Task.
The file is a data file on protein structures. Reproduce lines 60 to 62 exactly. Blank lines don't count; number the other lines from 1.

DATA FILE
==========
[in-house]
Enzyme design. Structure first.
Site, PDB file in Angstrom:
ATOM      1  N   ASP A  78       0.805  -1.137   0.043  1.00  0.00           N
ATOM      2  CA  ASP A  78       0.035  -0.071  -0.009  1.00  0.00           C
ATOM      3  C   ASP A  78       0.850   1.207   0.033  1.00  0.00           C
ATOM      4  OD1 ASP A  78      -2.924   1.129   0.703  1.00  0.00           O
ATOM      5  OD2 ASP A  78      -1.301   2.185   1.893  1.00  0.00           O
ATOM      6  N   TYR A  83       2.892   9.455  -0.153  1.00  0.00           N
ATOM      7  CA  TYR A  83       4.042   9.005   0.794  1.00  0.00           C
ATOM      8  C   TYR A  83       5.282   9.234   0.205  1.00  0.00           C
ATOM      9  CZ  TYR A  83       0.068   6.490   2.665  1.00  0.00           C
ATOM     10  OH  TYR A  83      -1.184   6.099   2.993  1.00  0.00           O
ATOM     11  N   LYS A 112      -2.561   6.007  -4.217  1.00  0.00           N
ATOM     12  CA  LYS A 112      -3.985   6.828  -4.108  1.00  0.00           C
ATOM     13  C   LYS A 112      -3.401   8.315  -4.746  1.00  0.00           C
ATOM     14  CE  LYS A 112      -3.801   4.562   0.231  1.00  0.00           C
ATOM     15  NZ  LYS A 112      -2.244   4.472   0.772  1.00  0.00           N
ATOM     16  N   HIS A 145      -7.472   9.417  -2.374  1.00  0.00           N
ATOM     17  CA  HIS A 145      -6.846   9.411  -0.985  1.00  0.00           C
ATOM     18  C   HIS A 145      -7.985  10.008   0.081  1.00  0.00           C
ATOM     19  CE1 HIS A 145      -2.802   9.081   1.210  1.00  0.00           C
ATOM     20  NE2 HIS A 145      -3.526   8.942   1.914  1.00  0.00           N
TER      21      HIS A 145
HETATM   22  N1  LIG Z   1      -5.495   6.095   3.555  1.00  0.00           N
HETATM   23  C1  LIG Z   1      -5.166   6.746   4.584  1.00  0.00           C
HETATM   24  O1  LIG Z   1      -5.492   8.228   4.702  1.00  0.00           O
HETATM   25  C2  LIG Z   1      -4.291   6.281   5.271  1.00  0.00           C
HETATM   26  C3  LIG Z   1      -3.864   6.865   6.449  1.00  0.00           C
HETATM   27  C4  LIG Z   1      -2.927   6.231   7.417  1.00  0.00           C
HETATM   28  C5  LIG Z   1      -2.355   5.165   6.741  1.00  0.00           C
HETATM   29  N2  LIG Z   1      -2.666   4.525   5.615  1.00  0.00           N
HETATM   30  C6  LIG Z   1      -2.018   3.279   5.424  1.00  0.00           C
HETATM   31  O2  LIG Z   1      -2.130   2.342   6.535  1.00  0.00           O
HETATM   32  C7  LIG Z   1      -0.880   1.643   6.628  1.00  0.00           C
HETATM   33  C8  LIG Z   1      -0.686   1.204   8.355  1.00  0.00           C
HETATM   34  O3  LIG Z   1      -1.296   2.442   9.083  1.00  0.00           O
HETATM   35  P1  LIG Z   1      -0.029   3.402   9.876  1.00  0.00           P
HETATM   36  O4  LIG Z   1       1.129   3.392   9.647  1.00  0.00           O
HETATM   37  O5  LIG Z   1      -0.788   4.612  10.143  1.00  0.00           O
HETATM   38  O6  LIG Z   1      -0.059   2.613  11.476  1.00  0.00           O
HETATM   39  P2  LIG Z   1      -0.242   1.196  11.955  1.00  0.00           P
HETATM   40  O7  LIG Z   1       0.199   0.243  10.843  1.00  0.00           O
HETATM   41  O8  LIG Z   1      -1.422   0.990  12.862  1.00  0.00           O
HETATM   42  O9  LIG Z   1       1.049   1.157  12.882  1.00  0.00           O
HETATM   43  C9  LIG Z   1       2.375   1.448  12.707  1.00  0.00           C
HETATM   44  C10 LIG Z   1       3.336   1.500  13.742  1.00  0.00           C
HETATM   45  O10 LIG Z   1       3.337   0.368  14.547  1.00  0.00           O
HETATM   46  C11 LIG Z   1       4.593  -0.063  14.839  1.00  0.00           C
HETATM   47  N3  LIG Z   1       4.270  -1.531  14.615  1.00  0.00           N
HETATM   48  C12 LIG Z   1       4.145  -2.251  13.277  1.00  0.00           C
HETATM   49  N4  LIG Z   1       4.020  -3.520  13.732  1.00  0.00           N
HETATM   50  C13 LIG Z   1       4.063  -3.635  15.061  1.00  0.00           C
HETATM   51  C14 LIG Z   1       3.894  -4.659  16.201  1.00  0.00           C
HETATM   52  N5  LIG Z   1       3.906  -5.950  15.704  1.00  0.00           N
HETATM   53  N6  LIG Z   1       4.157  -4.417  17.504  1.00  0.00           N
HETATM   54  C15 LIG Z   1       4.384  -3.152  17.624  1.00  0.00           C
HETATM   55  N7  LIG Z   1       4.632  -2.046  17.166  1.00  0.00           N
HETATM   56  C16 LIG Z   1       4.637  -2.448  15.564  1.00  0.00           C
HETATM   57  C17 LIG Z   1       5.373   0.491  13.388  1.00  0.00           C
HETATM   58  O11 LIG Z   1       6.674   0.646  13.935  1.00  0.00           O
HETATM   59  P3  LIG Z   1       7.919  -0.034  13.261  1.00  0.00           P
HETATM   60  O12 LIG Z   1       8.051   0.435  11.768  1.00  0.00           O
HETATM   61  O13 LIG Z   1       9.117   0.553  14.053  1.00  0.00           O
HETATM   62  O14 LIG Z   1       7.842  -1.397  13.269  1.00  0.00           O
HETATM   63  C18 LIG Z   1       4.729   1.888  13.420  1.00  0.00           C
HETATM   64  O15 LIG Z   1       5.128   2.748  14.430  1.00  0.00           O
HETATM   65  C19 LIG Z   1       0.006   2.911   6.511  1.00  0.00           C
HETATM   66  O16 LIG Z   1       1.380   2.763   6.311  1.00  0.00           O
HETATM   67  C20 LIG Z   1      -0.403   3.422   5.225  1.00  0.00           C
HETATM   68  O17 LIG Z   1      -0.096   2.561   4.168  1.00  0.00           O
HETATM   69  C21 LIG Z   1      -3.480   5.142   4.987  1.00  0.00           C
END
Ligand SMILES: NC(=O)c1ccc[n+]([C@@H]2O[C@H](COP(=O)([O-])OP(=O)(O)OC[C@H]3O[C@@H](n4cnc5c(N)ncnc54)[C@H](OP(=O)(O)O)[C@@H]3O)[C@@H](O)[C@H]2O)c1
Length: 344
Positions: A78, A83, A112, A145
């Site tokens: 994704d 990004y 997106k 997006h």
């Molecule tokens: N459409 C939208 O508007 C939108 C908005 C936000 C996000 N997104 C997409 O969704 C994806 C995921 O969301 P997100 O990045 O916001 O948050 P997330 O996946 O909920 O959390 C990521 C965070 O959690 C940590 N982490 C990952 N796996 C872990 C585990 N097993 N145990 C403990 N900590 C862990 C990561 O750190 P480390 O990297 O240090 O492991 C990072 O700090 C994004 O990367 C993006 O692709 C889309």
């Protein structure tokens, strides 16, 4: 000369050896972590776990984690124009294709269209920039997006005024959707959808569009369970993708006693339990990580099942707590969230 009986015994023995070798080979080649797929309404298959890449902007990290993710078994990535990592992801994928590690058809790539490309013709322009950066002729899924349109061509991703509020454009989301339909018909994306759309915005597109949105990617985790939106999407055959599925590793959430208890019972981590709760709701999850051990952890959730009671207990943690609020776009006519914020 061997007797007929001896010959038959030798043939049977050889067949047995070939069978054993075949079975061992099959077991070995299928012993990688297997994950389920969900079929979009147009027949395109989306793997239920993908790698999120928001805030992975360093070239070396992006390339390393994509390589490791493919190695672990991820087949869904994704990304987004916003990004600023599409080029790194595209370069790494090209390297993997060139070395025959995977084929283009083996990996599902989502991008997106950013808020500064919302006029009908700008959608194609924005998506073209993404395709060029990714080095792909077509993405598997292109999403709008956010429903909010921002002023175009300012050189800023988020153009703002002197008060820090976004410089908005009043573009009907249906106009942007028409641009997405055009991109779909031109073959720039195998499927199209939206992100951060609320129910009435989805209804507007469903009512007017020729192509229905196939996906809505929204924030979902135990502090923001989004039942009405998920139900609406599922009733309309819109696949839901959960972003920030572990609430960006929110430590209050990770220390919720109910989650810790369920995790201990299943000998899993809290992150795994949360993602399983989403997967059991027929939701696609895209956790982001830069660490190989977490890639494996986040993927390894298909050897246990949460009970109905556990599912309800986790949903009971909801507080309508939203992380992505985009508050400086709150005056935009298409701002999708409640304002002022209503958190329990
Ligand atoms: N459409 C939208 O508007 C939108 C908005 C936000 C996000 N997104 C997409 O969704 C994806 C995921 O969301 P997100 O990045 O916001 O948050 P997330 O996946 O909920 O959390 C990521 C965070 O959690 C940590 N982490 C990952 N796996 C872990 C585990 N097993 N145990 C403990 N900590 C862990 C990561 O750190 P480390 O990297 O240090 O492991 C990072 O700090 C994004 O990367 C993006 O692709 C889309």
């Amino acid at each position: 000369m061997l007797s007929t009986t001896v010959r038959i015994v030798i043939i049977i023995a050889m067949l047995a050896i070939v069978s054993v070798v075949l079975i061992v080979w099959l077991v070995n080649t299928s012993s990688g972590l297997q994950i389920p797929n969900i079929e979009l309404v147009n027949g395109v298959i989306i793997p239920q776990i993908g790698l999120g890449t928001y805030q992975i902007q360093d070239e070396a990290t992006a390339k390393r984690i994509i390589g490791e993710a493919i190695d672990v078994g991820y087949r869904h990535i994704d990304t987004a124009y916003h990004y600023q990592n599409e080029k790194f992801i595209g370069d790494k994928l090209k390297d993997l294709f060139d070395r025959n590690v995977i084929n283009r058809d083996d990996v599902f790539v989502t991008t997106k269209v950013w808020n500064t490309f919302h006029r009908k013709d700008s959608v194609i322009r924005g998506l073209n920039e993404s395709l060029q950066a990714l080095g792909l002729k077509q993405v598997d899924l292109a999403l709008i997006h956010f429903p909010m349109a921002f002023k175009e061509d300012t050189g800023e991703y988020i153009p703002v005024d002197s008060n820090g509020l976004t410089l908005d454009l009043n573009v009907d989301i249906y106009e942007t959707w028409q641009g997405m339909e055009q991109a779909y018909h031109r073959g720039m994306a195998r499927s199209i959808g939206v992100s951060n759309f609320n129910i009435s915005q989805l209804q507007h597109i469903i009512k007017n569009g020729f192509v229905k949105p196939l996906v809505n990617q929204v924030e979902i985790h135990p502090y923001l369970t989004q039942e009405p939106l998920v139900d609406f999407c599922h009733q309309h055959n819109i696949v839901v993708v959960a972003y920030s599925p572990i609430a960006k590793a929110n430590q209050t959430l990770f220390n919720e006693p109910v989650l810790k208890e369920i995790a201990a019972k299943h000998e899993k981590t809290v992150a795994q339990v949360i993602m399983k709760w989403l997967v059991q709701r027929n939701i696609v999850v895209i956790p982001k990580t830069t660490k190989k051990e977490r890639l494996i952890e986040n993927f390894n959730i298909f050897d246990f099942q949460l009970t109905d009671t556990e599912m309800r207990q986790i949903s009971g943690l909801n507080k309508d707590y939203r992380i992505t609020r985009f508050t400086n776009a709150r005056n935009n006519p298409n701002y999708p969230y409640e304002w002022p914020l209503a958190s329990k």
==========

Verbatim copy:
HETATM   57  C17 LIG Z   1       5.373   0.491  13.388  1.00  0.00           C
HETATM   58  O11 LIG Z   1       6.674   0.646  13.935  1.00  0.00           O
HETATM   59  P3  LIG Z   1       7.919  -0.034  13.261  1.00  0.00           P